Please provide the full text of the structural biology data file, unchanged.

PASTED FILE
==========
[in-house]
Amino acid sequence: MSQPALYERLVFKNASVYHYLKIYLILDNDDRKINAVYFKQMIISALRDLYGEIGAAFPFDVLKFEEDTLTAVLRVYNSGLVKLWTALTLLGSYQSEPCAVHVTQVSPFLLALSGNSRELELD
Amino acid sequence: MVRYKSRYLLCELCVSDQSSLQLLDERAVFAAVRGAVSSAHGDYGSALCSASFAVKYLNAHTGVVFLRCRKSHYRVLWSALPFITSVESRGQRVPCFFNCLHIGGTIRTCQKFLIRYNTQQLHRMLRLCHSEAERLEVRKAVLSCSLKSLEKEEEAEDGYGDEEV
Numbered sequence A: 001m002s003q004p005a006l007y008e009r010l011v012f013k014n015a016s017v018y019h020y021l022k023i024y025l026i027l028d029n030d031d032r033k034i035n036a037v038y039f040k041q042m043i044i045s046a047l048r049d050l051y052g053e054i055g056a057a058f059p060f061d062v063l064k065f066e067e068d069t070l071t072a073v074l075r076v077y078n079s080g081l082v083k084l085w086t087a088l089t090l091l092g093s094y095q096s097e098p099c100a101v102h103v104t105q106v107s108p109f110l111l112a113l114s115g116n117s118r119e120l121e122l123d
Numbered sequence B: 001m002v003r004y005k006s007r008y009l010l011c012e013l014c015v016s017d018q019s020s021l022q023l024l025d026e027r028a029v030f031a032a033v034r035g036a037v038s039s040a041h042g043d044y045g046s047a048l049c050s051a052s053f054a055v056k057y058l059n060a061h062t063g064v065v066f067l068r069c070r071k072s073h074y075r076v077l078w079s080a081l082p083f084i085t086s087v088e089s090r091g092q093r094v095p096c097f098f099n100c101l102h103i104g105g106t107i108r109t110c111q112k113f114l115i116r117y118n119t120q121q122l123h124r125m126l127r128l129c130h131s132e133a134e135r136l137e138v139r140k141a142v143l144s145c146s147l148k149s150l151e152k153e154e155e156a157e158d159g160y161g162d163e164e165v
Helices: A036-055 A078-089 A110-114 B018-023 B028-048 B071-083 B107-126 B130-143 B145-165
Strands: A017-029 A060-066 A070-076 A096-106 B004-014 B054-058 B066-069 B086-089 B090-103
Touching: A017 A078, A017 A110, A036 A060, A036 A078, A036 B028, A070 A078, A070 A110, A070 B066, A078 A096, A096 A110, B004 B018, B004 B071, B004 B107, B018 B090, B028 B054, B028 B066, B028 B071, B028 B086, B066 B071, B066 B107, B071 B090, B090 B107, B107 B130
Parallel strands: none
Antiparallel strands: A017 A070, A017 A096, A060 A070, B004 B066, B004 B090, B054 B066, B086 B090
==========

[in-house]
Amino acid sequence: MSQPALYERLVFKNASVYHYLKIYLILDNDDRKINAVYFKQMIISALRDLYGEIGAAFPFDVLKFEEDTLTAVLRVYNSGLVKLWTALTLLGSYQSEPCAVHVTQVSPFLLALSGNSRELELD
Amino acid sequence: MVRYKSRYLLCELCVSDQSSLQLLDERAVFAAVRGAVSSAHGDYGSALCSASFAVKYLNAHTGVVFLRCRKSHYRVLWSALPFITSVESRGQRVPCFFNCLHIGGTIRTCQKFLIRYNTQQLHRMLRLCHSEAERLEVRKAVLSCSLKSLEKEEEAEDGYGDEEV
Numbered sequence A: 001m002s003q004p005a006l007y008e009r010l011v012f013k014n015a016s017v018y019h020y021l022k023i024y025l026i027l028d029n030d031d032r033k034i035n036a037v038y039f040k041q042m043i044i045s046a047l048r049d050l051y052g053e054i055g056a057a058f059p060f061d062v063l064k065f066e067e068d069t070l071t072a073v074l075r076v077y078n079s080g081l082v083k084l085w086t087a088l089t090l091l092g093s094y095q096s097e098p099c100a101v102h103v104t105q106v107s108p109f110l111l112a113l114s115g116n117s118r119e120l121e122l123d
Numbered sequence B: 001m002v003r004y005k006s007r008y009l010l011c012e013l014c015v016s017d018q019s020s021l022q023l024l025d026e027r028a029v030f031a032a033v034r035g036a037v038s039s040a041h042g043d044y045g046s047a048l049c050s051a052s053f054a055v056k057y058l059n060a061h062t063g064v065v066f067l068r069c070r071k072s073h074y075r076v077l078w079s080a081l082p083f084i085t086s087v088e089s090r091g092q093r094v095p096c097f098f099n100c101l102h103i104g105g106t107i108r109t110c111q112k113f114l115i116r117y118n119t120q121q122l123h124r125m126l127r128l129c130h131s132e133a134e135r136l137e138v139r140k141a142v143l144s145c146s147l148k149s150l151e152k153e154e155e156a157e158d159g160y161g162d163e164e165v
Helices: A036-055 A078-089 A110-114 B018-023 B028-048 B071-083 B107-126 B130-143 B145-165
Strands: A017-029 A060-066 A070-076 A096-106 B004-014 B054-058 B066-069 B086-089 B090-103
Touching: A017 A078, A017 A110, A036 A060, A036 A078, A036 B028, A070 A078, A070 A110, A070 B066, A078 A096, A096 A110, B004 B018, B004 B071, B004 B107, B018 B090, B028 B054, B028 B066, B028 B071, B028 B086, B066 B071, B066 B107, B071 B090, B090 B107, B107 B130
Parallel strands: none
Antiparallel strands: A017 A070, A017 A096, A060 A070, B004 B066, B004 B090, B054 B066, B086 B090